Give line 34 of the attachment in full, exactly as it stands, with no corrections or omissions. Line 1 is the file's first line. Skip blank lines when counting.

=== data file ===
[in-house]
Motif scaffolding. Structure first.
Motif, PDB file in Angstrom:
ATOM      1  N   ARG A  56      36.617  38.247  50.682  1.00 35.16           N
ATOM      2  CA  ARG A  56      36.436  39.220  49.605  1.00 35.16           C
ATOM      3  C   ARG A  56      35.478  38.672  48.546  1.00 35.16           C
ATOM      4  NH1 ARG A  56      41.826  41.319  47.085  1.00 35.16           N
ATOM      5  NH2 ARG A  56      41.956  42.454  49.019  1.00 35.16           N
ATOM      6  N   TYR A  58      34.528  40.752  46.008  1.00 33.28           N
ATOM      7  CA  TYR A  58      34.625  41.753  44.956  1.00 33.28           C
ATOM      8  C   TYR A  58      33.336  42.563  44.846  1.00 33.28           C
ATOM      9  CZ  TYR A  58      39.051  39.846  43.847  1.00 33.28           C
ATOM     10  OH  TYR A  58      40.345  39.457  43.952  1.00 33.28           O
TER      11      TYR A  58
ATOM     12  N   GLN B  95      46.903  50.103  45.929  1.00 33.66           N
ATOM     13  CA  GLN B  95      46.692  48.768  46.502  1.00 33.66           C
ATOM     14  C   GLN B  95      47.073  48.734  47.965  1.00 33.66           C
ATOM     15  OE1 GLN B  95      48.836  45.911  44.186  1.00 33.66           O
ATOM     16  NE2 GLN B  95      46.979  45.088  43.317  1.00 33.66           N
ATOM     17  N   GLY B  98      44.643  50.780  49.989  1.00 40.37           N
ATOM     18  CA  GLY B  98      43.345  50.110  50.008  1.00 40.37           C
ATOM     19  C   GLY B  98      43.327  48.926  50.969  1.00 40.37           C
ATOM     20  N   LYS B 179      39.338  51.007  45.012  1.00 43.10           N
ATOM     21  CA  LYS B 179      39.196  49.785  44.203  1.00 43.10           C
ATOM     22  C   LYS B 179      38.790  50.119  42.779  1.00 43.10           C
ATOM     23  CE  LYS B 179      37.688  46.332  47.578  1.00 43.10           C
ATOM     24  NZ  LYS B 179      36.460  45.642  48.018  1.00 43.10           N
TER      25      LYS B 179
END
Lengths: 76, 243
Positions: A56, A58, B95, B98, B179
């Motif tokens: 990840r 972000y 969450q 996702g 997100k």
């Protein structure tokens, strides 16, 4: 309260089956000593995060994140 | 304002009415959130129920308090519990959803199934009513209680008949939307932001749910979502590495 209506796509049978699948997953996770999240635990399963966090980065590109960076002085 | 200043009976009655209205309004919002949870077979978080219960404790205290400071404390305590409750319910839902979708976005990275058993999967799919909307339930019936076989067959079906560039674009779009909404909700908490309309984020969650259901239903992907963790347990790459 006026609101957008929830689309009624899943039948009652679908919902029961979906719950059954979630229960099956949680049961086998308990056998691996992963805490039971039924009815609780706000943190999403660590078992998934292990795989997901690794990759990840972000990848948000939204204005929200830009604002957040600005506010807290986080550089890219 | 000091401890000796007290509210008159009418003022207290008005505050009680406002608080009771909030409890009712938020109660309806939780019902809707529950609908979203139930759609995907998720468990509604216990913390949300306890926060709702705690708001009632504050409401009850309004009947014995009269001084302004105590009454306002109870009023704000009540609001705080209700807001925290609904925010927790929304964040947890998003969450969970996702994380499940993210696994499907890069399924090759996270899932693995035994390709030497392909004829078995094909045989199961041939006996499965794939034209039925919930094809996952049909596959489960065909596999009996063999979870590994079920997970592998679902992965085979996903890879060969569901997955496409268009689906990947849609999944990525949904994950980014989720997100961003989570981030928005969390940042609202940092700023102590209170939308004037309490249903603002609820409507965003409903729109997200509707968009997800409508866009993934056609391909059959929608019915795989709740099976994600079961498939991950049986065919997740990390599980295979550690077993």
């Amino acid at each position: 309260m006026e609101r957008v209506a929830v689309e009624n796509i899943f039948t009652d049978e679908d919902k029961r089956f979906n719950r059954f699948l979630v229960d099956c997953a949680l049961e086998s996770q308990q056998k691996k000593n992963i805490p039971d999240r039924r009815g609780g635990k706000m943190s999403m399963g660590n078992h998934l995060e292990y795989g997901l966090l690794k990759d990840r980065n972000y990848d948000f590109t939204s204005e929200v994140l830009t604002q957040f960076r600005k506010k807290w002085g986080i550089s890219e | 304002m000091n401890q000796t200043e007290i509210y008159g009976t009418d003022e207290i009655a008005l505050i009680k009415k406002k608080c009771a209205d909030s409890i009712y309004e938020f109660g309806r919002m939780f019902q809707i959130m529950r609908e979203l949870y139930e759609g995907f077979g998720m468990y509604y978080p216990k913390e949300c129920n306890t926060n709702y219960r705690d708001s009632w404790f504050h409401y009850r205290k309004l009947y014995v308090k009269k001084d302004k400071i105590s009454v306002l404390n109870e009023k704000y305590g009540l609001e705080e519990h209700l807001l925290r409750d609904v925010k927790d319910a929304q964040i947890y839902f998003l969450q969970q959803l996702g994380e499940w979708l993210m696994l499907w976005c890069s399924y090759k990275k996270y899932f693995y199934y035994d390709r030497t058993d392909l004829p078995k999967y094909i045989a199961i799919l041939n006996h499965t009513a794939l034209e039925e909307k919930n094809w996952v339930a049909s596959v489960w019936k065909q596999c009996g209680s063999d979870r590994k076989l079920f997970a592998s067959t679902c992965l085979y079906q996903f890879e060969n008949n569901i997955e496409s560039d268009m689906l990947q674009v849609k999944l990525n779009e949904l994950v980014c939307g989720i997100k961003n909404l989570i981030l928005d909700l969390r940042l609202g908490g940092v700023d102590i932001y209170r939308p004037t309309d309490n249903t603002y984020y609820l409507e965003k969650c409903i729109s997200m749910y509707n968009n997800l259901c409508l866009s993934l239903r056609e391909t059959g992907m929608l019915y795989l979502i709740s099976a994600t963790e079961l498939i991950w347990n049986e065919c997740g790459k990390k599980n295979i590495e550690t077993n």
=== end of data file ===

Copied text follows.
């Amino acid at each position: 309260m006026e609101r957008v209506a929830v689309e009624n796509i899943f039948t009652d049978e679908d919902k029961r089956f979906n719950r059954f699948l979630v229960d099956c997953a949680l049961e086998s996770q308990q056998k691996k000593n992963i805490p039971d999240r039924r009815g609780g635990k706000m943190s999403m399963g660590n078992h998934l995060e292990y795989g997901l966090l690794k990759d990840r980065n972000y990848d948000f590109t939204s204005e929200v994140l830009t604002q957040f960076r600005k506010k807290w002085g986080i550089s890219e | 304002m000091n401890q000796t200043e007290i509210y008159g009976t009418d003022e207290i009655a008005l505050i009680k009415k406002k608080c009771a209205d909030s409890i009712y309004e938020f109660g309806r919002m939780f019902q809707i959130m529950r609908e979203l949870y139930e759609g995907f077979g998720m468990y509604y978080p216990k913390e949300c129920n306890t926060n709702y219960r705690d708001s009632w404790f504050h409401y009850r205290k309004l009947y014995v308090k009269k001084d302004k400071i105590s009454v306002l404390n109870e009023k704000y305590g009540l609001e705080e519990h209700l807001l925290r409750d609904v925010k927790d319910a929304q964040i947890y839902f998003l969450q969970q959803l996702g994380e499940w979708l993210m696994l499907w976005c890069s399924y090759k990275k996270y899932f693995y199934y035994d390709r030497t058993d392909l004829p078995k999967y094909i045989a199961i799919l041939n006996h499965t009513a794939l034209e039925e909307k919930n094809w996952v339930a049909s596959v489960w019936k065909q596999c009996g209680s063999d979870r590994k076989l079920f997970a592998s067959t679902c992965l085979y079906q996903f890879e060969n008949n569901i997955e496409s560039d268009m689906l990947q674009v849609k999944l990525n779009e949904l994950v980014c939307g989720i997100k961003n909404l989570i981030l928005d909700l969390r940042l609202g908490g940092v700023d102590i932001y209170r939308p004037t309309d309490n249903t603002y984020y609820l409507e965003k969650c409903i729109s997200m749910y509707n968009n997800l259901c409508l866009s993934l239903r056609e391909t059959g992907m929608l019915y795989l979502i709740s099976a994600t963790e079961l498939i991950w347990n049986e065919c997740g790459k990390k599980n295979i590495e550690t077993n």